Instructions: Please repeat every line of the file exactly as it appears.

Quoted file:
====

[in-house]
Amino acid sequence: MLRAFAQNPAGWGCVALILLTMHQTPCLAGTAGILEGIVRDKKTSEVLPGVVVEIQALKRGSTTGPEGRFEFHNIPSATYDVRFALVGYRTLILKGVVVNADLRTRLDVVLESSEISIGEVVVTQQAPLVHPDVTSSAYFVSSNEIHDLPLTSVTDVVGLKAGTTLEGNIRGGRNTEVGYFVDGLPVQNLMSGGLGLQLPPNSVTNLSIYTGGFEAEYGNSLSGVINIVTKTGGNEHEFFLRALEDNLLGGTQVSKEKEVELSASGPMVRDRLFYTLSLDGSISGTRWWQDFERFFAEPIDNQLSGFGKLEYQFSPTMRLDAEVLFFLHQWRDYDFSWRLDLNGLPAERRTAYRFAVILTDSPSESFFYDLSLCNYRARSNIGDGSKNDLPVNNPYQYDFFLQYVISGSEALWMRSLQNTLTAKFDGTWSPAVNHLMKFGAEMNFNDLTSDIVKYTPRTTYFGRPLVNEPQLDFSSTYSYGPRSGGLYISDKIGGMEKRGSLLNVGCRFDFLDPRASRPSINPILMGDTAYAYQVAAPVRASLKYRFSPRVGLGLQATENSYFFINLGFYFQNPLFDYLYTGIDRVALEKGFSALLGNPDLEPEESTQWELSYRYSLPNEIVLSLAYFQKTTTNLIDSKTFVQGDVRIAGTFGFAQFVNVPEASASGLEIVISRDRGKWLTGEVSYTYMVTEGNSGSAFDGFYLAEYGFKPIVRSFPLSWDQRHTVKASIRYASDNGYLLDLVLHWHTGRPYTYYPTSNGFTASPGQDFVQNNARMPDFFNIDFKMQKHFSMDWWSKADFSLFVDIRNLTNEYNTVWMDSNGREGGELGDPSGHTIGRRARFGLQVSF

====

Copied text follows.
[in-house]
Amino acid sequence: MLRAFAQNPAGWGCVALILLTMHQTPCLAGTAGILEGIVRDKKTSEVLPGVVVEIQALKRGSTTGPEGRFEFHNIPSATYDVRFALVGYRTLILKGVVVNADLRTRLDVVLESSEISIGEVVVTQQAPLVHPDVTSSAYFVSSNEIHDLPLTSVTDVVGLKAGTTLEGNIRGGRNTEVGYFVDGLPVQNLMSGGLGLQLPPNSVTNLSIYTGGFEAEYGNSLSGVINIVTKTGGNEHEFFLRALEDNLLGGTQVSKEKEVELSASGPMVRDRLFYTLSLDGSISGTRWWQDFERFFAEPIDNQLSGFGKLEYQFSPTMRLDAEVLFFLHQWRDYDFSWRLDLNGLPAERRTAYRFAVILTDSPSESFFYDLSLCNYRARSNIGDGSKNDLPVNNPYQYDFFLQYVISGSEALWMRSLQNTLTAKFDGTWSPAVNHLMKFGAEMNFNDLTSDIVKYTPRTTYFGRPLVNEPQLDFSSTYSYGPRSGGLYISDKIGGMEKRGSLLNVGCRFDFLDPRASRPSINPILMGDTAYAYQVAAPVRASLKYRFSPRVGLGLQATENSYFFINLGFYFQNPLFDYLYTGIDRVALEKGFSALLGNPDLEPEESTQWELSYRYSLPNEIVLSLAYFQKTTTNLIDSKTFVQGDVRIAGTFGFAQFVNVPEASASGLEIVISRDRGKWLTGEVSYTYMVTEGNSGSAFDGFYLAEYGFKPIVRSFPLSWDQRHTVKASIRYASDNGYLLDLVLHWHTGRPYTYYPTSNGFTASPGQDFVQNNARMPDFFNIDFKMQKHFSMDWWSKADFSLFVDIRNLTNEYNTVWMDSNGREGGELGDPSGHTIGRRARFGLQVSF